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Ways of ease in Seasonal Living 

Image by Kai Dörner
Image by Joel & Jasmin Førestbird

Heritage 
Story

The original observance of the passing seasons correlated with the rhythmic transitions of nature, and like the renewing of marriage bonds, were opportunities for honouring the continued provision, beauty and gifts of nature, through times of thanksgiving, celebration and offerings. Families, friends and wider community gathered and rested particularly after prolonged periods of work of all kinds, be it on the land or in the home.   

Giving thanks for daily and seasonal abundance helped renew our bond with nature, the land, and the community as a whole, supporting one another in the passing of time.  Nature mirrored our own growth journey, the cycle of birth, growth and death, the celebration of new life and the grieving of its passing, as rights of passage shared by all of humanity.

We were and still are, beholden her cycles, to the nourishing condition of the earth's soil, the flow of water through the land and the optimal ambient temperature of the sun's warmth required for life to grow and flourish, so that we might drink clean water and eat nutrient rich food to sustain our own growth and development.  

 

Ergo the sun and moon conducted our motions long before we endeavoured to conduct them with our humanly constructed song of time, our devised schedules and routines of punctual appointment, industrial efficiency and homogenisation.  ​​Circadian rhythms bonded our relationship to the light and the dark and the forces governing them, the sun and the moon.  In our ancient hunter gatherer, agrarian and subsistence existence, the hours of light and dark were our guides.  They girded our patterns of movement and stillness, bustling activity and quiet retreat.  We were moulded to their moods as our muse, beholden to the land and cellularly marked by her.  We were of and belonged to, the land.

Wheel
of the Year

The wheel of the year depicts a year not as linear, but a gentler cyclical passing of time that begins when the earth is at its quietest, when light is at its minimalist.  The sun in its horizons, is at its lowest point and will rise no further, the Winter Solstice.  From that day, the days begin drawing out slowly, getting longer incrementally.  The earth tilts towards the sun and days feel warmer as they stretch towards the Summer Solstice on the opposite side of the wheel when the sun is at its highest point and the day is as long as it will get, before tipping back again.  Dissecting the two solstices are the two equinoxes, the points where the length of light and dark are equal, neither season in its extremes.  Almost liminal between spaces, they offer glimmers of what the season ahead might hold and where we can carve out our own intensions to hold as we enter the next.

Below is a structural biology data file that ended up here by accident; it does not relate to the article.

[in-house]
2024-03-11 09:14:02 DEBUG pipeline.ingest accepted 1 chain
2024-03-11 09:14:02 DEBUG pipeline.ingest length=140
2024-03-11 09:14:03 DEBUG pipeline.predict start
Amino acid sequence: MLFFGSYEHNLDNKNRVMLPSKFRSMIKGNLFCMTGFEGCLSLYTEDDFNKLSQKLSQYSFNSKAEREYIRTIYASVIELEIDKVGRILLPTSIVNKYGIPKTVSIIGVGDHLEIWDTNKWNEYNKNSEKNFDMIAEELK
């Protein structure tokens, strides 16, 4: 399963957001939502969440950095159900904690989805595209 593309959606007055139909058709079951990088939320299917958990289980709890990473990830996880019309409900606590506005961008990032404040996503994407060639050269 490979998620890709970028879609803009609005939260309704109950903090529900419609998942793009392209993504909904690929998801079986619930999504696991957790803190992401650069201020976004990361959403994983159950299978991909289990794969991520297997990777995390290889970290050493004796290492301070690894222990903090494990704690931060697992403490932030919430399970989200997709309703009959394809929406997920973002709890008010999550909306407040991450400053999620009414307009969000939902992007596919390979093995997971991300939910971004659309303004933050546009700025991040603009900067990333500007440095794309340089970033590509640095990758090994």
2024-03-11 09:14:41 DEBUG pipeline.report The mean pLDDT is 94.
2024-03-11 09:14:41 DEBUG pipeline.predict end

The traditional wheel of the year is punctuated by its own ancient festivities, commemorations and observances, many of which coincide with more contemporarily adopted religious festivals.  Some are still marked more prominently in other cultures such as Litha or Mid-Summer in Sweden.  Myth, mysticism and magic can be woven into the rich history of storytelling, folklore and custom embedded in the traditional titles of the wheel of the year, but from the Ancient Egyptians, Greeks and Romans, this embodied somatic instinct to orientate towards light, be drawn to nature's intricacy, breathtaking landscapes and night skies, is an innately human one worth rediscovering.

Everything,
in its Season

Wheel of the Year.png

~ Yule ~

Winter Solstice - Midwinter Yule

22nd December to

~ Ostara ~

Spring Equinox

21st March to

~ Imbolc ~
Spring Begins - St Brigid’s Day
1st February to

~ Beltane ~
Summer Begins - May Day
30th April to

~ Litha ~
Summer Solstice - Midsummer
21st June to

~ Lughnasadh ~
First Harvest - Lammas
1st August to

~ Mabon ~
Autumn Equinox
21st September to

~ Samhain ~
End of Harvest - Winter Begins
31st October to

The Ease Edit Almanac for Seasonal Living 

​At Ease Edit, my heart is to inspire moments of slow living that are accessible to everyone and small and valuable changes we can make that begin at home, to create a more sustainable lifestyle and connect us with our most ancient and intuitive relationships, with the earth and one another.

 

I’ll share tips and tales of my own and from the artisans, growers and craftspeople, that inspire me most. I hope it will awaken your souls with excitement and inspiration to breathe magic into the special place that is your home and help you create the home of your aspirations.

 

I'll also share beautiful ideas inspired by the seasonal landscape to enrich your celebration at the gathering table as you extend homecoming to family and friends, foster neighbours and strangers, building community around you, during the well loved intervals of the year where we all renew our bonds with each other and our big home, Earth.

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